Before being diagnosed with ALS, I worked as a construction worker. I loved body building, playing football, and playing basketball. My favorite thing to do was grilling. I consider myself a romantic, I loved to surprise my wife with a romantic night out. I wouldn’t make it without my beautiful, amazing, dedicated wife and friend. When I look at her, I know without a doubt that God really loves me because he gave me Consuelo Middlebrooks. We have five beautiful daughters who are my reason to fight with all my might to live a long life, I want to see them get married and have successful careers.
July 9, 2013 is a day that I will never forget. I wanted this to be a bad dream. I really did not want this to be true. All I could think about in that moment was my girls. How was I going to tell them that I was diagnosed with ALS? How was I going to tell them that ALS will eventually take me out of their lives? They depended on me to be at recitals, track meets, choir concerts, and to help them with their homework. To think that I would soon not be able to do these things was heartbreaking. I was the provider and now my wife would have to shoulder that burden. I knew then there would come a day I would not be able to come through the door, scoop my wife up in my arms, and hear her say, “Honey, please don’t drop me.”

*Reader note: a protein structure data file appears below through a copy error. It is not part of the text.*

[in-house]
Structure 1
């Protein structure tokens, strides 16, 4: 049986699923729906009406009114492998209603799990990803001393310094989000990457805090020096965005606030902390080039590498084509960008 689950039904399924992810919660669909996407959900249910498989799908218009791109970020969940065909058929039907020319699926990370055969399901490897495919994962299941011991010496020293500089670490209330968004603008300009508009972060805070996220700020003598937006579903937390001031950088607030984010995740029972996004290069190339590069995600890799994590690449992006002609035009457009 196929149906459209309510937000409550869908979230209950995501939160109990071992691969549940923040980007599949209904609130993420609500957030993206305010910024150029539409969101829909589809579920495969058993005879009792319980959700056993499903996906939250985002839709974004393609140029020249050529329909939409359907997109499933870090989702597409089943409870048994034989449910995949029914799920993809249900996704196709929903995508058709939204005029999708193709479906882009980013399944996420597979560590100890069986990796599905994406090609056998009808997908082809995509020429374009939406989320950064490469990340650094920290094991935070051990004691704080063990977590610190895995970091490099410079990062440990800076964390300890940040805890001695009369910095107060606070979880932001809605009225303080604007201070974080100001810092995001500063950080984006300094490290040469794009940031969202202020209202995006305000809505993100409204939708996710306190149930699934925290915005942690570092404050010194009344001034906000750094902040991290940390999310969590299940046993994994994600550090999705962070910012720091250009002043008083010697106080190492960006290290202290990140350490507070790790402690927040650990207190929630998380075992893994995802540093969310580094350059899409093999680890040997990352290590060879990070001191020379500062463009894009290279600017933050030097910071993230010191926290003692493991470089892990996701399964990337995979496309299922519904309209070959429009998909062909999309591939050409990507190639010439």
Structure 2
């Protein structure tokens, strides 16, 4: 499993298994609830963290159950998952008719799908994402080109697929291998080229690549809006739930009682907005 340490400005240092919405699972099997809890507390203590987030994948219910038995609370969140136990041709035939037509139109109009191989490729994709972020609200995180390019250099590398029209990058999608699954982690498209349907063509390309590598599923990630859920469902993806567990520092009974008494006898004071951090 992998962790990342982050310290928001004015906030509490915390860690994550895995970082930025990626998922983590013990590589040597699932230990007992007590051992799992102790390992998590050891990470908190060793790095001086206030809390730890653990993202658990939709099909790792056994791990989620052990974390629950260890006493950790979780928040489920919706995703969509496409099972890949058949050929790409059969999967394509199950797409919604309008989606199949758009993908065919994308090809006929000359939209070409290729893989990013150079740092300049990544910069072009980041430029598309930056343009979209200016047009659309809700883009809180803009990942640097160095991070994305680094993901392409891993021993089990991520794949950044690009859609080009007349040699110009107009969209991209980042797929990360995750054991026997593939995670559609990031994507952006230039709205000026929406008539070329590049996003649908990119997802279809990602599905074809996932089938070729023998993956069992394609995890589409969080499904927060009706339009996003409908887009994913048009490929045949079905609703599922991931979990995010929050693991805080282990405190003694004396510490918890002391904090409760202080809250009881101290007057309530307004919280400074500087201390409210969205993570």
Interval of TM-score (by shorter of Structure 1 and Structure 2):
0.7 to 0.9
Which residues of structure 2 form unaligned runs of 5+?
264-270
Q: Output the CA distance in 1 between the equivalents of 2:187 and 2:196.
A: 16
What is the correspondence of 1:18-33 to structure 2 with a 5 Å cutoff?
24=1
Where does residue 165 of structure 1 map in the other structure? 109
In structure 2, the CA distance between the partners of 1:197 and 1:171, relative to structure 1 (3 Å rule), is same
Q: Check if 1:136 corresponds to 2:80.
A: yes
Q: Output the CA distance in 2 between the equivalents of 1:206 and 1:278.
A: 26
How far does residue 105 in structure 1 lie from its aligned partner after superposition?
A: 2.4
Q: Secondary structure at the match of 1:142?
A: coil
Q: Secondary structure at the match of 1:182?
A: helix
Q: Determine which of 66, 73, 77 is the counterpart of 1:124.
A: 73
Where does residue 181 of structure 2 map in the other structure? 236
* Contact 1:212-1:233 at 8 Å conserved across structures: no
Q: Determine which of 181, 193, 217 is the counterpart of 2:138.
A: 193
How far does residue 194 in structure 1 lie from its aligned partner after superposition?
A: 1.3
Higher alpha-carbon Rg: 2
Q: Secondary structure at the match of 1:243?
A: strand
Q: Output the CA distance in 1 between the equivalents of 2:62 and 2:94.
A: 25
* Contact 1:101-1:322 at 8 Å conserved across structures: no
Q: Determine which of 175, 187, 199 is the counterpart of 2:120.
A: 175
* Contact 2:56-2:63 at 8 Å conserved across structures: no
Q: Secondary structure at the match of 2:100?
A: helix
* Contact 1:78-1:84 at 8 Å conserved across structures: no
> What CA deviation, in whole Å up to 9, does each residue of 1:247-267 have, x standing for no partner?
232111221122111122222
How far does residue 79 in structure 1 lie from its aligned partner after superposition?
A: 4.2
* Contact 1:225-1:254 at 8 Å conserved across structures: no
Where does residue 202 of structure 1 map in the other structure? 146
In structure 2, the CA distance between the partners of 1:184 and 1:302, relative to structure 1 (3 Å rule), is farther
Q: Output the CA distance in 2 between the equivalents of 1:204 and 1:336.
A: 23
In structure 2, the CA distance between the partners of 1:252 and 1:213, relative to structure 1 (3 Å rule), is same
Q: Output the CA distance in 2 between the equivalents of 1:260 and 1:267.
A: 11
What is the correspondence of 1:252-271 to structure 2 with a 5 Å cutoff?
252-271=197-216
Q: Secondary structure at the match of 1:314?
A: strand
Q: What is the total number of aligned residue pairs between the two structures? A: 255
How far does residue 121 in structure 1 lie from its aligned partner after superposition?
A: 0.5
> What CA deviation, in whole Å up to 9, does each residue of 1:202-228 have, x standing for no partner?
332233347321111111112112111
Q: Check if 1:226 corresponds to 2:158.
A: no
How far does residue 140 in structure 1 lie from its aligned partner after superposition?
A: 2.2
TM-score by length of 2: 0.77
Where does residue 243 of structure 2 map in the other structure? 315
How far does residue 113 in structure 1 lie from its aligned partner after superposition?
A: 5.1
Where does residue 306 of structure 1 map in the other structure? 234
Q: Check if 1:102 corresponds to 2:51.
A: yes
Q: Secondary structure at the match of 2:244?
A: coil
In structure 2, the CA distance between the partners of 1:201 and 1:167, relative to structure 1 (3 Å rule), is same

The most important thing I’ve gained from caring for my husband is embracing every moment, the good, bad and ugly, Life is so precious, and things change in the twinkle of an eye. I have been somewhat of a caregiver for much of my life. At a young age, I cared for my mother and my grandparents due to cancer and Alzheimer’s. After being a homemaker for many years I decided to go to school and receive BS in education. This passion for teacher was fueled by an after-school program where I volunteered. I started my dream job August 2012 and received a leadership reward my first year of teaching.